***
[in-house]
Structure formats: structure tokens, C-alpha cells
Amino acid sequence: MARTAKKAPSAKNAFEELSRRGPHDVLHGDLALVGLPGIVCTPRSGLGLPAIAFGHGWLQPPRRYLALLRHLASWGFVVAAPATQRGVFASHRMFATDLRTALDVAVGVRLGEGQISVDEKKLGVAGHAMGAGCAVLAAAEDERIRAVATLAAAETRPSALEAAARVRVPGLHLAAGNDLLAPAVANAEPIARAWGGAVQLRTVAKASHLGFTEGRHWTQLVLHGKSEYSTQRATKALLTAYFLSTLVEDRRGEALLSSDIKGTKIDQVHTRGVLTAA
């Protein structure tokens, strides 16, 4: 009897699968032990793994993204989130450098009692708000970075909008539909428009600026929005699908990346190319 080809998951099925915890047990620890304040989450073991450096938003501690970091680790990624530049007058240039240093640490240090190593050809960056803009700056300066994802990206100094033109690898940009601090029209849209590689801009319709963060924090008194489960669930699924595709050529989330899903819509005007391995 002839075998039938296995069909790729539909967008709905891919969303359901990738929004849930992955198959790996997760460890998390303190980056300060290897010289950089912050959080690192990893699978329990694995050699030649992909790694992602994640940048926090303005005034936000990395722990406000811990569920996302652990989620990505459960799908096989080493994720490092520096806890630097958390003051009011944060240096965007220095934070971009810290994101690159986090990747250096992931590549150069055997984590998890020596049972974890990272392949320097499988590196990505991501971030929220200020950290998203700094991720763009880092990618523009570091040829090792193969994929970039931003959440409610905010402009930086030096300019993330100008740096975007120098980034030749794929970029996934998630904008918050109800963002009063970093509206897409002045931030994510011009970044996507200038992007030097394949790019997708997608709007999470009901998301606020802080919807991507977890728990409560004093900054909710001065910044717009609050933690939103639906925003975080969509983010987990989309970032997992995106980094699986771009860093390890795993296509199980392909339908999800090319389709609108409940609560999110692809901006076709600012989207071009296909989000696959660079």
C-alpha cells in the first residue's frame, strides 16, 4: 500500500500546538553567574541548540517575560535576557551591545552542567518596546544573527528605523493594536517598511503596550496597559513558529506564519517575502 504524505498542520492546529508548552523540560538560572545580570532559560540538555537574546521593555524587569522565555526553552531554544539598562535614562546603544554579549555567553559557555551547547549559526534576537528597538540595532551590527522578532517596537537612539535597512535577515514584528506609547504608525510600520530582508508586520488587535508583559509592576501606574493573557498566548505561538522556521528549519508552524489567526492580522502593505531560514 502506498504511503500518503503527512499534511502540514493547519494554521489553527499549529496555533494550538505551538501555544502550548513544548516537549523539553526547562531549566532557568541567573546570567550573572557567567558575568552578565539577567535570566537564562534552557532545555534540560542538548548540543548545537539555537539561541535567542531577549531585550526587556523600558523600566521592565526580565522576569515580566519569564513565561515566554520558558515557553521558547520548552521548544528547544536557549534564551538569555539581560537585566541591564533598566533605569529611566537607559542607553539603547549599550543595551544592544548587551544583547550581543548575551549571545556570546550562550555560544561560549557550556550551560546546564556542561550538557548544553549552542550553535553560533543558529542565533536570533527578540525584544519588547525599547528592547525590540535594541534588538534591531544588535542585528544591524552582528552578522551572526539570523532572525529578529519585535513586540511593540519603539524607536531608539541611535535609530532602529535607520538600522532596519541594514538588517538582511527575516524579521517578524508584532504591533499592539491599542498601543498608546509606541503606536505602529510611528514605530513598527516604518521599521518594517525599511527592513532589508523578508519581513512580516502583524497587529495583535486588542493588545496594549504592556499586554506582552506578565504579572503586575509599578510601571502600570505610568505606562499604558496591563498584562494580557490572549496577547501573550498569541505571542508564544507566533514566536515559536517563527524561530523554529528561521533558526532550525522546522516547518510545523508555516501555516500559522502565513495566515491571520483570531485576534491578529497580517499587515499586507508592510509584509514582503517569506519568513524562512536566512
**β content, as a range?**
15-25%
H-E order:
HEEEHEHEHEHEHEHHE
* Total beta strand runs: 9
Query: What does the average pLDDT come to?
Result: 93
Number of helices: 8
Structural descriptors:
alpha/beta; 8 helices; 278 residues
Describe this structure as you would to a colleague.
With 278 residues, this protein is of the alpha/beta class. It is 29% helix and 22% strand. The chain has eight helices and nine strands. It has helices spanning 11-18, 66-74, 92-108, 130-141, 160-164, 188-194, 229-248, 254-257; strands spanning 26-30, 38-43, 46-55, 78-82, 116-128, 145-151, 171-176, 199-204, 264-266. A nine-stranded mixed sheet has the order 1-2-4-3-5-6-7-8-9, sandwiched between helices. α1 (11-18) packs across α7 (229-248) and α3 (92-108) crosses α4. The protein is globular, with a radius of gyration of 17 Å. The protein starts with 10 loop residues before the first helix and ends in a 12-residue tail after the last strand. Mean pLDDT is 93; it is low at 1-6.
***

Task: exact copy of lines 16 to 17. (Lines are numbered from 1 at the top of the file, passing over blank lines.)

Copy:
Describe this structure as you would to a colleague.
With 278 residues, this protein is of the alpha/beta class. It is 29% helix and 22% strand. The chain has eight helices and nine strands. It has helices spanning 11-18, 66-74, 92-108, 130-141, 160-164, 188-194, 229-248, 254-257; strands spanning 26-30, 38-43, 46-55, 78-82, 116-128, 145-151, 171-176, 199-204, 264-266. A nine-stranded mixed sheet has the order 1-2-4-3-5-6-7-8-9, sandwiched between helices. α1 (11-18) packs across α7 (229-248) and α3 (92-108) crosses α4. The protein is globular, with a radius of gyration of 17 Å. The protein starts with 10 loop residues before the first helix and ends in a 12-residue tail after the last strand. Mean pLDDT is 93; it is low at 1-6.